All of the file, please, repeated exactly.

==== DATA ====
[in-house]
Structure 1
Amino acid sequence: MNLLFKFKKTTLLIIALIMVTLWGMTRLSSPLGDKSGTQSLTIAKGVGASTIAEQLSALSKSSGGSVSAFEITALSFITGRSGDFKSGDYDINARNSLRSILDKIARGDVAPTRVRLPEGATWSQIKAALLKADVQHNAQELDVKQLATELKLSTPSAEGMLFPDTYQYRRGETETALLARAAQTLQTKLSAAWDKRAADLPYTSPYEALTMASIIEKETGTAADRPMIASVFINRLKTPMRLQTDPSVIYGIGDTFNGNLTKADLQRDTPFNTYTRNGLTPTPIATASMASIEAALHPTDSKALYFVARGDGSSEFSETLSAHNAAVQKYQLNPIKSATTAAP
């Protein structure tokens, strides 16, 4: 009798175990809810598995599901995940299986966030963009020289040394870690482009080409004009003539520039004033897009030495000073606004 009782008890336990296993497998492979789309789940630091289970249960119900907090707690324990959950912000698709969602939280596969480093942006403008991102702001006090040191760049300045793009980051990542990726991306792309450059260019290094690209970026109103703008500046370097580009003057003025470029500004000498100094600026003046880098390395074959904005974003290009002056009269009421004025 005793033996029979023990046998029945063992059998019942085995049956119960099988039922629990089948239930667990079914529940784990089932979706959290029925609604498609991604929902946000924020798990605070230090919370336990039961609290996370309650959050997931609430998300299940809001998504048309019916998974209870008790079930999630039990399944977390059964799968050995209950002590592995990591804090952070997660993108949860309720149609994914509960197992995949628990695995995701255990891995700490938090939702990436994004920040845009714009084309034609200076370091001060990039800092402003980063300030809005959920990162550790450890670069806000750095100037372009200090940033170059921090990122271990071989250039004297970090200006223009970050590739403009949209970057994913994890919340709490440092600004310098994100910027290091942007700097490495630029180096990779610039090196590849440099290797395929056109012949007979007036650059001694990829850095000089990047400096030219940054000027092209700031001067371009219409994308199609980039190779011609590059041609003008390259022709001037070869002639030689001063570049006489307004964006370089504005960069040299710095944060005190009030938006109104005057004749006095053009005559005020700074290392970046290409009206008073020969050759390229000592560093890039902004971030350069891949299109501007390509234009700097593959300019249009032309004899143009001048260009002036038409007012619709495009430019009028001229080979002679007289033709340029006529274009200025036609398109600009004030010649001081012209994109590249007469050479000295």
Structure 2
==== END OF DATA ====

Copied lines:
[in-house]
Structure 1
Amino acid sequence: MNLLFKFKKTTLLIIALIMVTLWGMTRLSSPLGDKSGTQSLTIAKGVGASTIAEQLSALSKSSGGSVSAFEITALSFITGRSGDFKSGDYDINARNSLRSILDKIARGDVAPTRVRLPEGATWSQIKAALLKADVQHNAQELDVKQLATELKLSTPSAEGMLFPDTYQYRRGETETALLARAAQTLQTKLSAAWDKRAADLPYTSPYEALTMASIIEKETGTAADRPMIASVFINRLKTPMRLQTDPSVIYGIGDTFNGNLTKADLQRDTPFNTYTRNGLTPTPIATASMASIEAALHPTDSKALYFVARGDGSSEFSETLSAHNAAVQKYQLNPIKSATTAAP
């Protein structure tokens, strides 16, 4: 009798175990809810598995599901995940299986966030963009020289040394870690482009080409004009003539520039004033897009030495000073606004 009782008890336990296993497998492979789309789940630091289970249960119900907090707690324990959950912000698709969602939280596969480093942006403008991102702001006090040191760049300045793009980051990542990726991306792309450059260019290094690209970026109103703008500046370097580009003057003025470029500004000498100094600026003046880098390395074959904005974003290009002056009269009421004025 005793033996029979023990046998029945063992059998019942085995049956119960099988039922629990089948239930667990079914529940784990089932979706959290029925609604498609991604929902946000924020798990605070230090919370336990039961609290996370309650959050997931609430998300299940809001998504048309019916998974209870008790079930999630039990399944977390059964799968050995209950002590592995990591804090952070997660993108949860309720149609994914509960197992995949628990695995995701255990891995700490938090939702990436994004920040845009714009084309034609200076370091001060990039800092402003980063300030809005959920990162550790450890670069806000750095100037372009200090940033170059921090990122271990071989250039004297970090200006223009970050590739403009949209970057994913994890919340709490440092600004310098994100910027290091942007700097490495630029180096990779610039090196590849440099290797395929056109012949007979007036650059001694990829850095000089990047400096030219940054000027092209700031001067371009219409994308199609980039190779011609590059041609003008390259022709001037070869002639030689001063570049006489307004964006370089504005960069040299710095944060005190009030938006109104005057004749006095053009005559005020700074290392970046290409009206008073020969050759390229000592560093890039902004971030350069891949299109501007390509234009700097593959300019249009032309004899143009001048260009002036038409007012619709495009430019009028001229080979002679007289033709340029006529274009200025036609398109600009004030010649001081012209994109590249007469050479000295």
Structure 2